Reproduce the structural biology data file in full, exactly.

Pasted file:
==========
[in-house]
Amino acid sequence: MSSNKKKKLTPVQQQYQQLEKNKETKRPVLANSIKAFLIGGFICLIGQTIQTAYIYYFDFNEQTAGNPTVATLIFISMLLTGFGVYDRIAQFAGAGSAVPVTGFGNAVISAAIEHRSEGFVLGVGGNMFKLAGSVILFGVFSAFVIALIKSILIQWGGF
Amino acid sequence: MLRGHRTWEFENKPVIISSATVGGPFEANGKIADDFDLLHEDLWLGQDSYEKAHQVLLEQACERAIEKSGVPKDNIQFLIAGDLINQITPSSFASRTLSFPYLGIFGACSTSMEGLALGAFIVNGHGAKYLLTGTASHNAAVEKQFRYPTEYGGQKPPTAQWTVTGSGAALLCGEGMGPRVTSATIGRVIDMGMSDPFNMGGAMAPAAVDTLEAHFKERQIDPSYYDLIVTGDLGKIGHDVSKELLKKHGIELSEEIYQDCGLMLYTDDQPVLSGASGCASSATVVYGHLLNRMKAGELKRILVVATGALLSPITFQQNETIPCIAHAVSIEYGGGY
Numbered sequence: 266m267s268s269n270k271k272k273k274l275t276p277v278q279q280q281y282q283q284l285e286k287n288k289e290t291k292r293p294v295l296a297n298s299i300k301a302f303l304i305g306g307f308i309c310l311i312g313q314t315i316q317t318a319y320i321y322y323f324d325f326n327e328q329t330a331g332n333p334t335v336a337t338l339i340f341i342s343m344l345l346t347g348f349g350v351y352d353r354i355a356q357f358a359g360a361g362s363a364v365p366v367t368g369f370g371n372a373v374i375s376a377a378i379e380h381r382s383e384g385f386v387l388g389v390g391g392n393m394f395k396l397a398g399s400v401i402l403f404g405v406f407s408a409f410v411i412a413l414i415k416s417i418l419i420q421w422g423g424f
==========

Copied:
[in-house]
Amino acid sequence: MSSNKKKKLTPVQQQYQQLEKNKETKRPVLANSIKAFLIGGFICLIGQTIQTAYIYYFDFNEQTAGNPTVATLIFISMLLTGFGVYDRIAQFAGAGSAVPVTGFGNAVISAAIEHRSEGFVLGVGGNMFKLAGSVILFGVFSAFVIALIKSILIQWGGF
Amino acid sequence: MLRGHRTWEFENKPVIISSATVGGPFEANGKIADDFDLLHEDLWLGQDSYEKAHQVLLEQACERAIEKSGVPKDNIQFLIAGDLINQITPSSFASRTLSFPYLGIFGACSTSMEGLALGAFIVNGHGAKYLLTGTASHNAAVEKQFRYPTEYGGQKPPTAQWTVTGSGAALLCGEGMGPRVTSATIGRVIDMGMSDPFNMGGAMAPAAVDTLEAHFKERQIDPSYYDLIVTGDLGKIGHDVSKELLKKHGIELSEEIYQDCGLMLYTDDQPVLSGASGCASSATVVYGHLLNRMKAGELKRILVVATGALLSPITFQQNETIPCIAHAVSIEYGGGY
Numbered sequence: 266m267s268s269n270k271k272k273k274l275t276p277v278q279q280q281y282q283q284l285e286k287n288k289e290t291k292r293p294v295l296a297n298s299i300k301a302f303l304i305g306g307f308i309c310l311i312g313q314t315i316q317t318a319y320i321y322y323f324d325f326n327e328q329t330a331g332n333p334t335v336a337t338l339i340f341i342s343m344l345l346t347g348f349g350v351y352d353r354i355a356q357f358a359g360a361g362s363a364v365p366v367t368g369f370g371n372a373v374i375s376a377a378i379e380h381r382s383e384g385f386v387l388g389v390g391g392n393m394f395k396l397a398g399s400v401i402l403f404g405v406f407s408a409f410v411i412a413l414i415k416s417i418l419i420q421w422g423g424f